INTERVIEWS, REVIEWS & RELATED ARTICLES
Q MARCH 2016 - by Dorian Lynskey
DAVID BOWIE: THE ETERNAL
As the world celebrated his return, we missed his coded farewell.
An ending that felt like another new beginning. A swansong full of life and motion. Proof that Bowie was, in more ways than one, fearless. A fascinating riddle to which the answer, we discovered to our horror, was that David Bowie was dying. Before all that became apparent, though, there was a brief window during which Blackstar was simply a strange and thrilling album from an artist whose creative energy seemed undiminished.
The clues were there in his first release after the self-referencing The Next Day. Appended to 2014's Nothing Has Changed compilation, Sue (Or In A Season Of Crime) was a roiling stew of murder, sexual jealousy, '90s drum'n'bass and big-band jazz, unlike anything he'd ever done. Sue and its brutish demo B-side 'Tis A Pity She Was A Whore would reappear, in new forms, on Blackstar, one of the most surprising LPs of his career. "This is fresh. This came from a different space," said producer Tony Visconti, who began working on other demos that summer. "Nothing was done recalling the past."
On the recommendation of jazz composer Maria Schneider, the saxophonist Donny McCaslin had performed on the first version of Sue in June 2014. When Bowie saw McCaslin's quartet play in Manhattan he was so inspired that he went home and wrote 'Tis A Pity She Was A Whore, then emailed McCaslin to offer the group work (other musicians who got the call included LCD Soundsystem's James Murphy).
On their first day in New York's The Magic Shop studio last January, Bowie told McCaslin, "I have no idea how this is going to go. Let's just go for it and see what happens."
The first Bowie album without a picture of the singer on the cover, Blackstar was a delightful enigma. No two songs sounded the same. Its seven distinct entities, weaving between art-rock and jazz, autobiography and geopolitics, electronica and musical theatre, were united only by their boldness. The past poked through occasionally: the stars on the sleeve and the Clockwork Orange argot on Girl Loves Me nodded to his glam-rock days; Lazarus sprang from The Man Who Fell To Earth, the same novel that had given Bowie his defining screen role; the long, shape-shifting title track inevitably brought to mind Station To Station. But the overall impression was one of liberation and unquenchable curiosity. Visconti said he and Bowie were inspired by Kendrick Lamar's To Pimp A Butterfly: "He threw everything on there. The goal was to avoid rock'n'roll."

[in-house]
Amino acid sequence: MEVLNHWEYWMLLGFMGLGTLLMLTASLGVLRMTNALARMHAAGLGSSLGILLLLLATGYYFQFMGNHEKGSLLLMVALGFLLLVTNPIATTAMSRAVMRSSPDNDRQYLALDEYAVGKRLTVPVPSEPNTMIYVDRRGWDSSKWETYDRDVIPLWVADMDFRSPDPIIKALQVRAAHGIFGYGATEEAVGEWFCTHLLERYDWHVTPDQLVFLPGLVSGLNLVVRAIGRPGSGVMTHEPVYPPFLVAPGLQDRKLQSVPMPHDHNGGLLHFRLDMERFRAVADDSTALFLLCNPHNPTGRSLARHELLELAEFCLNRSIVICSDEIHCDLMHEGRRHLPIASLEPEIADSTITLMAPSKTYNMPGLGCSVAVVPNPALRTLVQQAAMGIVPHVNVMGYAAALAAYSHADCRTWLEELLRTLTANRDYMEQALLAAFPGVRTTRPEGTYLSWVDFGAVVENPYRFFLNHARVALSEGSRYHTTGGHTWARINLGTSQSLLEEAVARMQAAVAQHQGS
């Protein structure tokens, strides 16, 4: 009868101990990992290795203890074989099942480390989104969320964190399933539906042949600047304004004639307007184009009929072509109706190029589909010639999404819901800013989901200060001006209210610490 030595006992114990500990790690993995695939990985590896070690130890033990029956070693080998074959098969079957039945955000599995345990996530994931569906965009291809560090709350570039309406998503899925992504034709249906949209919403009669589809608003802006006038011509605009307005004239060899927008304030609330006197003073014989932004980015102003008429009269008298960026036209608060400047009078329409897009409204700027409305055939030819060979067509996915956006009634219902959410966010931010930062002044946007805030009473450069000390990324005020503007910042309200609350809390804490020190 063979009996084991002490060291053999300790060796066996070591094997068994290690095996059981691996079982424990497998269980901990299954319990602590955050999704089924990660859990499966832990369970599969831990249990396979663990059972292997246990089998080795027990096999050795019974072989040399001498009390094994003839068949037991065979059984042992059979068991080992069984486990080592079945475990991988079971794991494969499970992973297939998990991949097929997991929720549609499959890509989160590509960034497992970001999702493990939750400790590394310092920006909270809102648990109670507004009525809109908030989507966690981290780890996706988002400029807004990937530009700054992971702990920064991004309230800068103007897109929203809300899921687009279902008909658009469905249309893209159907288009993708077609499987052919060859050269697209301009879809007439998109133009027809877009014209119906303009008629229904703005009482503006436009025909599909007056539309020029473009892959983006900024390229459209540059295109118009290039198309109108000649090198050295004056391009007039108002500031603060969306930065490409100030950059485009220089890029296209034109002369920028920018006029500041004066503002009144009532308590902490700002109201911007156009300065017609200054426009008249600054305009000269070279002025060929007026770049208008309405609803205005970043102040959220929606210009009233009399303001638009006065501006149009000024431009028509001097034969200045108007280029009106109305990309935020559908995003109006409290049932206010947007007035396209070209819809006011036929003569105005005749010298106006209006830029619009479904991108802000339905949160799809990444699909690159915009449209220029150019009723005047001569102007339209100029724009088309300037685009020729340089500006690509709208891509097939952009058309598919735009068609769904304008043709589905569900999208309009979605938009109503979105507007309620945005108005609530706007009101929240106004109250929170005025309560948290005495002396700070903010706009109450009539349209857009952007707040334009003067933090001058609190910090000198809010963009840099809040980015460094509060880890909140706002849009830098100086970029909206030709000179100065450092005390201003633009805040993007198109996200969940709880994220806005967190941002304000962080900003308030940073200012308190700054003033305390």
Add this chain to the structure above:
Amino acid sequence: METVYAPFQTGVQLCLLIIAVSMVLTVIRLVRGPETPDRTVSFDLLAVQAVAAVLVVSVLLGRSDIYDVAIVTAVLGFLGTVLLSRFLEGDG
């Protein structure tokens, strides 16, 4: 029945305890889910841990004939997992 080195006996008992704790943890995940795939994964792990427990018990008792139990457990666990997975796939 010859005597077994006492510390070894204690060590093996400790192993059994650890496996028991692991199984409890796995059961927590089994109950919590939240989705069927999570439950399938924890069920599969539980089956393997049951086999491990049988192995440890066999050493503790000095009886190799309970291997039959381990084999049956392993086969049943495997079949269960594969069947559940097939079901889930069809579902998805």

It had an idiosyncratic sense of fun, too. According to keyboard player Jason Lindner, "The only instruction we received was: 'Have a good time'." For all the LP's aura of cryptic dread, Bowie seemed to have obeyed his own command. Transcending all expectations, he had never sounded more free.
By withholding news of his cancer from everyone outside his inner circle, Bowie ensured that the acclaim Blackstar received was sincere rather than sentimental. But it can never be heard in the same way again. That first line in Lazarus, "Look up here, I'm in heaven," feels too on-the-nose. That black star on the front looks like a cosmic gravestone. The lyrics of I Can't Give Everything Away (how true that claim turned out to be) sound like his last words to his audience: "Seeing more and feeling less / Saying no but meaning yes / This is all I ever meant / That's the message that I sent."
That's one way of looking at it, as a coded long goodbye, coloured by death. Another way is to find its spiky vivacity even more remarkable. According to the official statement, Bowie was diagnosed with cancer eighteen months ago, around the time he recorded Sue and asked Visconti to come and work on some demos with him. He knew he was making his final album and he chose to make a record full of noise and mystery, with an obscure jazz quartet - the furthest he could get from a safe bet. He raged against the dying of the light. With saxophones.
After Bowie's death, Visconti said, "He made Blackstar for us, his parting gift." If so, the gift was to trust in his fans' intelligence, to refuse to pander to nostalgia and to remind anyone who cared about him that the whole point of Bowie's body of work was forward movement - to go for it and see what happens. That's the message that he sent.
So the sadness was relieved a little by the realisation that no artist could contrive a finer exit. Bowie performed one last reinvention, celebrated one last birthday, enjoyed one last flurry of love and admiration, and left the stage. His fans would have mourned his death whatever he'd released towards the end, but Blackstar was a glorious final reminder of how brilliantly he'd lived.